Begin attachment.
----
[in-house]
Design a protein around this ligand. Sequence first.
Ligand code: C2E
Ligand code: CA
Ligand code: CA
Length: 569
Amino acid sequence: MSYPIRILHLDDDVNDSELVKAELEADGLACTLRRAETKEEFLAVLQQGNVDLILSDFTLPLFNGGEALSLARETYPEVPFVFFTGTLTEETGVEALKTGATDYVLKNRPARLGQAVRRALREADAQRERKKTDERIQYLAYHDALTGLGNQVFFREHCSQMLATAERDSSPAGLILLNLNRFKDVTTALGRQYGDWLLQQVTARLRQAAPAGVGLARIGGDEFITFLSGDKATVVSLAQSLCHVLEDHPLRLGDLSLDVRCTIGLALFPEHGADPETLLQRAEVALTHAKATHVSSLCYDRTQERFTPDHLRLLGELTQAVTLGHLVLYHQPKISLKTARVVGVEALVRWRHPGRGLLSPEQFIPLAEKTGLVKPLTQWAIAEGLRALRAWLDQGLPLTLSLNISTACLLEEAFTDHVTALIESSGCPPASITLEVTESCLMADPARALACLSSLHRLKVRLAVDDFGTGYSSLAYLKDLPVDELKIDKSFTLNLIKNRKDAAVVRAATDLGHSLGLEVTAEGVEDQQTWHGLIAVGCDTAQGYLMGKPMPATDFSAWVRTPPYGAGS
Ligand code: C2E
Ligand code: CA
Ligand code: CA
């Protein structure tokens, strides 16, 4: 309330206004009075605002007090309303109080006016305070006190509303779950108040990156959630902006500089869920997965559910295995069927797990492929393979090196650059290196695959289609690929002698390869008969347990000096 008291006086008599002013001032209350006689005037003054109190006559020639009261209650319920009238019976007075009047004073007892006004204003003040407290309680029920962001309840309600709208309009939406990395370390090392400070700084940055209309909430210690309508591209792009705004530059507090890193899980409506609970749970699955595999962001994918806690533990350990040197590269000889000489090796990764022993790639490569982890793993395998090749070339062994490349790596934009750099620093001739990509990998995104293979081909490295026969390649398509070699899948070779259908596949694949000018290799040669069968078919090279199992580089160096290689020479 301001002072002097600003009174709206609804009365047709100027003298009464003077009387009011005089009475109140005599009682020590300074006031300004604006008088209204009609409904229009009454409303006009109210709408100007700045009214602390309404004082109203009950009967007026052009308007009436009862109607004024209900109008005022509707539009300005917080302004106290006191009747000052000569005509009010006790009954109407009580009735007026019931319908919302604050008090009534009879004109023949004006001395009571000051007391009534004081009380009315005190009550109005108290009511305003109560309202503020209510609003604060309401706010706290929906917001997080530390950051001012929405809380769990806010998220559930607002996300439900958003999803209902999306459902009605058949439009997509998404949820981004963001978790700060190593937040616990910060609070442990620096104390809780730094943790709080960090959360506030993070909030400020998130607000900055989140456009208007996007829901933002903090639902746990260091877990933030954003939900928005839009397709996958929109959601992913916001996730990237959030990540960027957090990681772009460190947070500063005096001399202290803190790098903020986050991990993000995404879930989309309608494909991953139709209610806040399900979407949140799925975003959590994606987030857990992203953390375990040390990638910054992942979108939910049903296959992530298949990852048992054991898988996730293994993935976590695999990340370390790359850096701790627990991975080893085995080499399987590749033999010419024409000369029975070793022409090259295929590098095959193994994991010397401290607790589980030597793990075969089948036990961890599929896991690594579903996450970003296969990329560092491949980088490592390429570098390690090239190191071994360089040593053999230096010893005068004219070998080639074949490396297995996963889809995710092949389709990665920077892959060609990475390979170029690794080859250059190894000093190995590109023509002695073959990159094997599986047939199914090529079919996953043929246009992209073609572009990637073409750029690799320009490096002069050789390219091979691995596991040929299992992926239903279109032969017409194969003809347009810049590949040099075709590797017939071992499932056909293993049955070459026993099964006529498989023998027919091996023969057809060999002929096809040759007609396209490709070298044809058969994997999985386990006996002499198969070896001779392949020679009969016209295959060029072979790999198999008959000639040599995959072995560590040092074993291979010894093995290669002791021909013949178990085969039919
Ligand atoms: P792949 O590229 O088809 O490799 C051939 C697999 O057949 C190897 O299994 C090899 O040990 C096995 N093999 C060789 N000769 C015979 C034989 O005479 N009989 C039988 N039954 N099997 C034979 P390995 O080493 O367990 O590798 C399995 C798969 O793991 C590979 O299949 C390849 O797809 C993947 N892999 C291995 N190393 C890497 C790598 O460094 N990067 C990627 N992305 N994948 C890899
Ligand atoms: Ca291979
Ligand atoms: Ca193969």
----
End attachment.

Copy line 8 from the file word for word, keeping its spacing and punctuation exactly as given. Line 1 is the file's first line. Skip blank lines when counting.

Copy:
Ligand code: C2E